Monday, September 06, 2010

The New Testament in a Year: Philippians 2-4 and Colossians 1-2

For my own personal study, I am using a combination of tools. These include listening to an audio version of the Bible (TNIV) and a series of commentaries in addition to the text itself. I recognize that not everyone will have access to these materials. I can at least provide a link to the Biblical text itself. For this purpose, I've found that is a very useful tool. Not only does it include the TNIV, which enables me to link to the same text as what I'm listening to with the audio version, but one can easily switch to another translation (if one so desires) simply by using the drop-down menus. I hope that this is helpful.

This week, I am working through Philippians, chapters 2-4 and Colossians, chapters 1-2.

Chapter 2

  • Verses 1-11 - I sometimes wonder if some Christians feel that they have to make a choice between serving God and doing things that help other people.  As I understand this passage, Paul is trying to say that Christians serve God by doing things that help other people!
  • Verse 12: "continue to work out your salvation with fear and trembling" - I've never been entirely sure what Paul intends for Christians to understand from this passage.  What are we "working out"?  Why is it to be "with fear and trembling"?  In any event, I think it's safe to say that Paul  understands that this won't be (and shouldn't be!) easy.1
  • Verses 19-30 - This passage reads like the end of a letter, which is odd given that there are still two chapters to go.  What's going on here?
Chapter 3
  • Verse 8 - Many pastors have noted that the word translated here as "garbage" is a Greek swear word.2  I can't speak to how ancient Greeks responded to this word, and whether or not they indeed would responded as Christians of today often do to such terms, but it bears noting that such language is part of the inspired word of God.  Paul makes his point, and he makes it strongly.
  • Verse 15 - On one hand, I find myself annoyed that Paul uses the language of "maturity" in this way, as he tells his audience (in essence) that anyone who disagrees with him is less than "mature."  I am continually annoyed with Christians who talk about those with disagree with them in this manner, and thus bristle at the fact that an inspired writer of Scripture does so, as it gives them that much more license to continue doing so.  On the other hand, Paul does note that, for those who think differently, that God will "make it clear to (them)," and I'm more than content to agree on that point.  Where Christians do have disagreements, to the extent that they are indeed important (as this matter certainly was), God will correct us when necessary.
Chapter 4
  • Verses 2-3 - Obviously, there's little here that would support the idea of women in church office for those who don't already have such a view of Scripture (as I do), but I nonetheless feel that it's important to point out such instances where God speaks of women who have worked with him in such favorable terms.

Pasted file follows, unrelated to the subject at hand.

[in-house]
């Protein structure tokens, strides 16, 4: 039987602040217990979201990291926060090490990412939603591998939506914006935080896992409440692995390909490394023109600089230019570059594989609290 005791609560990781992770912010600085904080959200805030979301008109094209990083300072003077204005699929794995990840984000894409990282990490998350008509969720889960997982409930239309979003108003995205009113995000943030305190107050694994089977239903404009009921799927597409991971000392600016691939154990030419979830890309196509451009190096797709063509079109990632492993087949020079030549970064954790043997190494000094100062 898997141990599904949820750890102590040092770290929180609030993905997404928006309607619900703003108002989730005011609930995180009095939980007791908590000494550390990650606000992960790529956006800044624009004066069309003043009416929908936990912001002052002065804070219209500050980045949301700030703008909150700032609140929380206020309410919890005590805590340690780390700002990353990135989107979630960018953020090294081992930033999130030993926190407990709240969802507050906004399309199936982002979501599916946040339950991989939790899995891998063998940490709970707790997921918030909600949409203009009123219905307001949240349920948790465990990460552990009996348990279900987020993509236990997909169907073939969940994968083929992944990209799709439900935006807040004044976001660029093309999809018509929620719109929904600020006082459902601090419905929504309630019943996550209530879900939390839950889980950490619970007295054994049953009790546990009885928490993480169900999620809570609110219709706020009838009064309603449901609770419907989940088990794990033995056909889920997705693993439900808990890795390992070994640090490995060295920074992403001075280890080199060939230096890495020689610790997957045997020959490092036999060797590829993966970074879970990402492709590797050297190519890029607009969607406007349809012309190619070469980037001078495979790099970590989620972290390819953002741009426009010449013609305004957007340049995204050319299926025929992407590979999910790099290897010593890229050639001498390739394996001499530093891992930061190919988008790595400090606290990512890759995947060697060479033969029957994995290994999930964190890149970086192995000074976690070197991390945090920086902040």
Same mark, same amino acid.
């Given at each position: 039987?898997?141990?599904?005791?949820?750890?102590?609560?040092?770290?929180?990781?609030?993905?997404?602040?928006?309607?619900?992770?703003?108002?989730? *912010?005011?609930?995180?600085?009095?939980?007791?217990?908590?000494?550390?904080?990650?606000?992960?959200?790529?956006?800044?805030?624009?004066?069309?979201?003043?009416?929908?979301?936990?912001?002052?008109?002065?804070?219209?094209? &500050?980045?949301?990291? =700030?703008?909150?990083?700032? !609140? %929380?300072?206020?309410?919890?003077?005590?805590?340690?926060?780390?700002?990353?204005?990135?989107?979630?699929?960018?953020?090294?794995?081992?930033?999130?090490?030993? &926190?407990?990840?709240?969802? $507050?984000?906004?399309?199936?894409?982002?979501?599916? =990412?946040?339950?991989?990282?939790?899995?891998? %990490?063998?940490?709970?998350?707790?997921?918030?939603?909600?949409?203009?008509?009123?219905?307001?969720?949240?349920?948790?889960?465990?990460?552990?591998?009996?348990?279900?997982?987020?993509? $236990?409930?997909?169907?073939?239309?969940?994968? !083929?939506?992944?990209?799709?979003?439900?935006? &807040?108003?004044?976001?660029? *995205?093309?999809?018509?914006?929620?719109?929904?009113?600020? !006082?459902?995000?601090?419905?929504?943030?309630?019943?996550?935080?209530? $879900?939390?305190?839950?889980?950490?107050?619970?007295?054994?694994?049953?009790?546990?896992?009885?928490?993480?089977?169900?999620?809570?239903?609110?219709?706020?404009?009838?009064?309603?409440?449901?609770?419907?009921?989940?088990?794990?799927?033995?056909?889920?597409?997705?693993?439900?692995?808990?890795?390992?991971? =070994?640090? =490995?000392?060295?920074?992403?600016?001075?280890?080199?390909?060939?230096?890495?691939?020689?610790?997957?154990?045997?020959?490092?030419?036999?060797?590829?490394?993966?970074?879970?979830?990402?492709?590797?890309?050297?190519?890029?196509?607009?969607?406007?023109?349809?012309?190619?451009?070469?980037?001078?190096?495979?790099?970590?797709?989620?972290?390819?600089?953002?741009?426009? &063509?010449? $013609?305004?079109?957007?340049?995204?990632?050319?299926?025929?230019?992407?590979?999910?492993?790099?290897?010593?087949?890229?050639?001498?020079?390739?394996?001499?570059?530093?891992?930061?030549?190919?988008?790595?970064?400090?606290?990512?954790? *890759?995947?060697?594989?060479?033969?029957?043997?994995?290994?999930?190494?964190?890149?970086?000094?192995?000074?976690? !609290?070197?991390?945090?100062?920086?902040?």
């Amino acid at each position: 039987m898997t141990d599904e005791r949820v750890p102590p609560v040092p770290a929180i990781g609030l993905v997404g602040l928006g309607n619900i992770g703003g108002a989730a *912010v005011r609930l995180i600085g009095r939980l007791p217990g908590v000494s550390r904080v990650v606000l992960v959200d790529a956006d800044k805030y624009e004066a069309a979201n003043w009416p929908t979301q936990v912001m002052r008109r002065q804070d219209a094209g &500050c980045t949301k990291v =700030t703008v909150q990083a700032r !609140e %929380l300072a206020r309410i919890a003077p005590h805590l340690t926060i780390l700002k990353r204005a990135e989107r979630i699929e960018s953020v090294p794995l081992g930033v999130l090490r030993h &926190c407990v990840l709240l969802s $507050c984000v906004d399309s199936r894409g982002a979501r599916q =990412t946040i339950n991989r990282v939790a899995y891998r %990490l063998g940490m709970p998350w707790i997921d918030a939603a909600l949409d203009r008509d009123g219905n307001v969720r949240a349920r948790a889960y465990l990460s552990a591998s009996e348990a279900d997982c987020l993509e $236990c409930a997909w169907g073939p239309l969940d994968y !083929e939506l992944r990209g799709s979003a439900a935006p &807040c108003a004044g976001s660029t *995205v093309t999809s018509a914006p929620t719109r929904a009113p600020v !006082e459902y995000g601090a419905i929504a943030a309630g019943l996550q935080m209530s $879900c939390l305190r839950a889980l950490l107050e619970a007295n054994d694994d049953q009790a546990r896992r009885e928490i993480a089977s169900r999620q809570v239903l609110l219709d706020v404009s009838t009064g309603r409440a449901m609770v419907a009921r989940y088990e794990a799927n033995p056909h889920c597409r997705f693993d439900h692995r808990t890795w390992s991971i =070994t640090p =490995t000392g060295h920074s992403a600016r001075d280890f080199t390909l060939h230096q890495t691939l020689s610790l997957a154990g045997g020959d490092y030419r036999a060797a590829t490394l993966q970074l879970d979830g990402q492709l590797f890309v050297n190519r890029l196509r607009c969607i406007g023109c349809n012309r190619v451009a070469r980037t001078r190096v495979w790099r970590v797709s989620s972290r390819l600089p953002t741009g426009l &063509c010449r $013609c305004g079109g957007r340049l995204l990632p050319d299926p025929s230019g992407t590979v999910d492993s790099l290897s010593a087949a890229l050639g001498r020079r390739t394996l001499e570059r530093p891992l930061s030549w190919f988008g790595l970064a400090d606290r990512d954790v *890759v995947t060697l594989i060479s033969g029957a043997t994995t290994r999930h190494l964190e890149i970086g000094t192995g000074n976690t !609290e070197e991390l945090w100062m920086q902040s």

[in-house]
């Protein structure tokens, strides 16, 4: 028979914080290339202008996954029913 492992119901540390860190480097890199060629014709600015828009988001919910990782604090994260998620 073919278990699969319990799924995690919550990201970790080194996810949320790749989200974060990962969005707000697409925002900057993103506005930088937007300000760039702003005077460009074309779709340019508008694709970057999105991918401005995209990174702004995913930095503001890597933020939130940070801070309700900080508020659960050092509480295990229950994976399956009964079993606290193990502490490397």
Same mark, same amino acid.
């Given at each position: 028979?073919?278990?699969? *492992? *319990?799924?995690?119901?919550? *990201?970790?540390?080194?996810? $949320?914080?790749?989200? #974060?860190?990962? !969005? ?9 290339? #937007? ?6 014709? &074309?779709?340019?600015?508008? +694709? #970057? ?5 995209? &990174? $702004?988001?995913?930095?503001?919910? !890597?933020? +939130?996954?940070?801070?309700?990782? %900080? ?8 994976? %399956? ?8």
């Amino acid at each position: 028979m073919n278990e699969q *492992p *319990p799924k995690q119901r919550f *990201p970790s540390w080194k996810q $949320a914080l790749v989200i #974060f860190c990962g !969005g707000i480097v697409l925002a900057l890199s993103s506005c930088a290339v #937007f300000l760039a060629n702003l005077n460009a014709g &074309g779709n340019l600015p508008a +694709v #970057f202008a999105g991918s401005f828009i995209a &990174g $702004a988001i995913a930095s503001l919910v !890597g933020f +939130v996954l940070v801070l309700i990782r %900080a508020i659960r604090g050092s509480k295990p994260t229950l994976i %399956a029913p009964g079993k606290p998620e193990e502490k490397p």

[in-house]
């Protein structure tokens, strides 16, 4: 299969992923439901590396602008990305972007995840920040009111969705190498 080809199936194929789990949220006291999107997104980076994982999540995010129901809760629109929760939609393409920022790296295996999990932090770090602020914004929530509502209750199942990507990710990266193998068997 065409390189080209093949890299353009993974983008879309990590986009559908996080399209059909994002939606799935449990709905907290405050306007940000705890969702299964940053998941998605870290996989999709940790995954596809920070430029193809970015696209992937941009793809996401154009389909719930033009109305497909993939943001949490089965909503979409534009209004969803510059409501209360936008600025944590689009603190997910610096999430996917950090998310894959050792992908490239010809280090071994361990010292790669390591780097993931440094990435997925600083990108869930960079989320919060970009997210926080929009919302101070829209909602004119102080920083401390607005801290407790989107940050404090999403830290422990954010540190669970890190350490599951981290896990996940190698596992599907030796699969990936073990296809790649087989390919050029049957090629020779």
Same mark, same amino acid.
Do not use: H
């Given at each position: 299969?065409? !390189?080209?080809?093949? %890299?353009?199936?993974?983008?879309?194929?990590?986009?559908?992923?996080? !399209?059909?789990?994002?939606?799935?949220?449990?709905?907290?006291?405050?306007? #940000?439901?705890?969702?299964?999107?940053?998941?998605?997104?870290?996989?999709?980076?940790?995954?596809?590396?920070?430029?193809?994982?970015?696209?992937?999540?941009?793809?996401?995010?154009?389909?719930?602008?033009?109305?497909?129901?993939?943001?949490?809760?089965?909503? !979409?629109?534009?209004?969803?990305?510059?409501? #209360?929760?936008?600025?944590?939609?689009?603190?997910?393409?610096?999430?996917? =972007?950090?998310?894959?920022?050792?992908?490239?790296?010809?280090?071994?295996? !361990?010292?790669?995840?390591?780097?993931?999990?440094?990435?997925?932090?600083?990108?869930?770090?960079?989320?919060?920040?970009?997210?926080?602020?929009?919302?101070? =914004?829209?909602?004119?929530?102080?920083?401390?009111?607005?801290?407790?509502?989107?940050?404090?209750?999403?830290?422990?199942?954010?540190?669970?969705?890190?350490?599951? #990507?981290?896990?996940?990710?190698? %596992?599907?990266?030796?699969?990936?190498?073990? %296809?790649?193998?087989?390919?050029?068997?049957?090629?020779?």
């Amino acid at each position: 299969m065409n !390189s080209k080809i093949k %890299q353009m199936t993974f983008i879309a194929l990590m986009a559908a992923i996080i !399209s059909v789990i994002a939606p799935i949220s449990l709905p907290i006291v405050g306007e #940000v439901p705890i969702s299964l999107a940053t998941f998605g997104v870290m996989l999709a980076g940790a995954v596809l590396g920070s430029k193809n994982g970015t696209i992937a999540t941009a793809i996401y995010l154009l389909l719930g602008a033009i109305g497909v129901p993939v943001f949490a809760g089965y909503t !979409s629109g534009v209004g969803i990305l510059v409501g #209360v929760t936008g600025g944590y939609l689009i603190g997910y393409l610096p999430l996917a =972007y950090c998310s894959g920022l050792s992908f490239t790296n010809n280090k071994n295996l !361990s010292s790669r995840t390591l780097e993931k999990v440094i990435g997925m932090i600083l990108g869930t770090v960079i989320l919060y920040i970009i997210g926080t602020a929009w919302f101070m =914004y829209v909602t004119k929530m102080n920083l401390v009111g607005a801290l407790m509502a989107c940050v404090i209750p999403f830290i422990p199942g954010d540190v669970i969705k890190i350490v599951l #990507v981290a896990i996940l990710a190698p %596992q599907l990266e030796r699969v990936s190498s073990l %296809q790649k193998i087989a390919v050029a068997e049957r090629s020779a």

• Verse 8 - Good advice for anyone, I should think.
Chapter 1
  • Verse 21: "enemies in your minds" - This phrase confused me.  O'Brien (who translates the passage differently: "hostile in mind") suggests that the phrase is meant to convey that the Colossians had "open enmity toward (God) with reference to to their thinking."3
  • Verse 23: "if you continue in your faith, established and firm, and do not move from the hope held out in the gospel." - For those of us believe that Christians are saved purely by the grace of God through Jesus Christ, and not at all from our own actions, this passage is obviously difficult to reconcile.  O'Brien suggests that "if it is true that the saints will persevere to the end, then it is equally true that the saints must persevere to the end."4  If the perseverance doesn't follow, then the person must not be numbered among the elect to begin with.5
  • Verse 24 - How is it that Christ's afflictions are "lacking," and how can Paul's (or any other human's) sufferings do anything to compensate for them?
Chapter 2
  • Verse 8 - It seems that some believers use this passage to assert that philosophy is, by its own nature, "hollow and deceptive."  I am confident that this was not Paul's intention.  Rather, Paul wants to argue against any philosophy that is not in accordance with Christ as "hollow and deceptive," but any philosophy that is in accordance with Christ would obviously be fine.

1Frank Thielman, Philippians (The NIV Application Commentary), Zondervan, 1995, p. 136, notes that "it is often said that Paul never uses the phrase 'fear and trembling' of the relationship between God and people but always of human relationships."  Whether or not one accepts this interpretation (and Thielman doesn't), the point that the Christian life can be a difficult one stands.
2Ralph P. Martin, Philippians (The New Century Bible Commentary), Marshall, Morgan & Scott, 1976, p. 131: "refuse (Gr. skybala) is a vulgar term, meaning either human excrement or waste foods consigned to the garbage heap." (bold and italics as in original)
3Peter T. O'Brien, Colossians, Philemon (Word Biblical Commentary), Word, 1982, p. 66.
4O'Brien, p. 69.
5Of course, for those who don't hold to such a theology of Election, this passage is much less problematic. Either way, it is certainly an arguement that Paul didn't hold to a Universalist theory of salvation.

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